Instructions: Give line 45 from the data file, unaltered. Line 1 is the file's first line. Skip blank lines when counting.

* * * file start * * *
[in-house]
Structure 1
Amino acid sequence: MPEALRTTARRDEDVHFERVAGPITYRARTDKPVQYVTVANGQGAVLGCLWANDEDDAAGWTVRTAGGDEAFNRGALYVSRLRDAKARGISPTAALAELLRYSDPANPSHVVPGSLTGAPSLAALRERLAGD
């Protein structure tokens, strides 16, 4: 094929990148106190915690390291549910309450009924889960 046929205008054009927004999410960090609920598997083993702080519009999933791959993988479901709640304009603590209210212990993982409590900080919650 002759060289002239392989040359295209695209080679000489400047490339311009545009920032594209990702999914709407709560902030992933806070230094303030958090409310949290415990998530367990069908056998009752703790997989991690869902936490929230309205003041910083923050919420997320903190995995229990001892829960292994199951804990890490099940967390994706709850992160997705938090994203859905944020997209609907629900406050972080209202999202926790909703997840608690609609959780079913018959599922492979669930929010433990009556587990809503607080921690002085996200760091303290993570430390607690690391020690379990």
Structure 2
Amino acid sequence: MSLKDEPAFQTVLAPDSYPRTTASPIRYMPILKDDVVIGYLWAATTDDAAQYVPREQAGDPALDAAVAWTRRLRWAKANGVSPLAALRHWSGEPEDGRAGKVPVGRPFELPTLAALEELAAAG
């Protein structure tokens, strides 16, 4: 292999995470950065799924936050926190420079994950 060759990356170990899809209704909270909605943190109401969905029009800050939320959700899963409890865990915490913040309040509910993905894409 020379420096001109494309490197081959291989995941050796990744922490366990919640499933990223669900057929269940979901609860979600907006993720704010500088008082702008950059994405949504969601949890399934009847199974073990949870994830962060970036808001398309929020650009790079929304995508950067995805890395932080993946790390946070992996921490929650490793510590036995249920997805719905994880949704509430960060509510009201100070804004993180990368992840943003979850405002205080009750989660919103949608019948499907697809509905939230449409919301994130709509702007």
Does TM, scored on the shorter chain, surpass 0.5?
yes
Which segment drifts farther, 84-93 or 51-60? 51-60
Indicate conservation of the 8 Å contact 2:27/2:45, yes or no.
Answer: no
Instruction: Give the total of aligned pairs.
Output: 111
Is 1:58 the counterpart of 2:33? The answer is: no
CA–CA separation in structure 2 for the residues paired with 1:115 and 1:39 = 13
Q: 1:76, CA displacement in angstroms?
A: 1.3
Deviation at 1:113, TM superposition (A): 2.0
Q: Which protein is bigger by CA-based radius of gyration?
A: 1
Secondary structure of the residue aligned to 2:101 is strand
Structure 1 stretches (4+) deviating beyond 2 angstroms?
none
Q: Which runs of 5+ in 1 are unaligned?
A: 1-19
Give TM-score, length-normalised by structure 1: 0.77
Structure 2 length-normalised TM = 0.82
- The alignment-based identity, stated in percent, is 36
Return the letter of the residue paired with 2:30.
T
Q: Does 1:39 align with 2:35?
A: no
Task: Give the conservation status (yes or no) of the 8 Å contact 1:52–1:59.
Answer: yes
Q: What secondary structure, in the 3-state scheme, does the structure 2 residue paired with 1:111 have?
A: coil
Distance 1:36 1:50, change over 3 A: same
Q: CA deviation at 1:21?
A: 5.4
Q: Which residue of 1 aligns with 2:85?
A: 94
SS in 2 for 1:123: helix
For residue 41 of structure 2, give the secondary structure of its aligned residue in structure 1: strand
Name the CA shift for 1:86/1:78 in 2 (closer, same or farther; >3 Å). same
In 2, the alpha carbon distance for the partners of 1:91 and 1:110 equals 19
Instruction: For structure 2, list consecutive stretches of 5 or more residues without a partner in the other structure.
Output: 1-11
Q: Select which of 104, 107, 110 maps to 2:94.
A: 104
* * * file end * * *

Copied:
Name the CA shift for 1:86/1:78 in 2 (closer, same or farther; >3 Å). same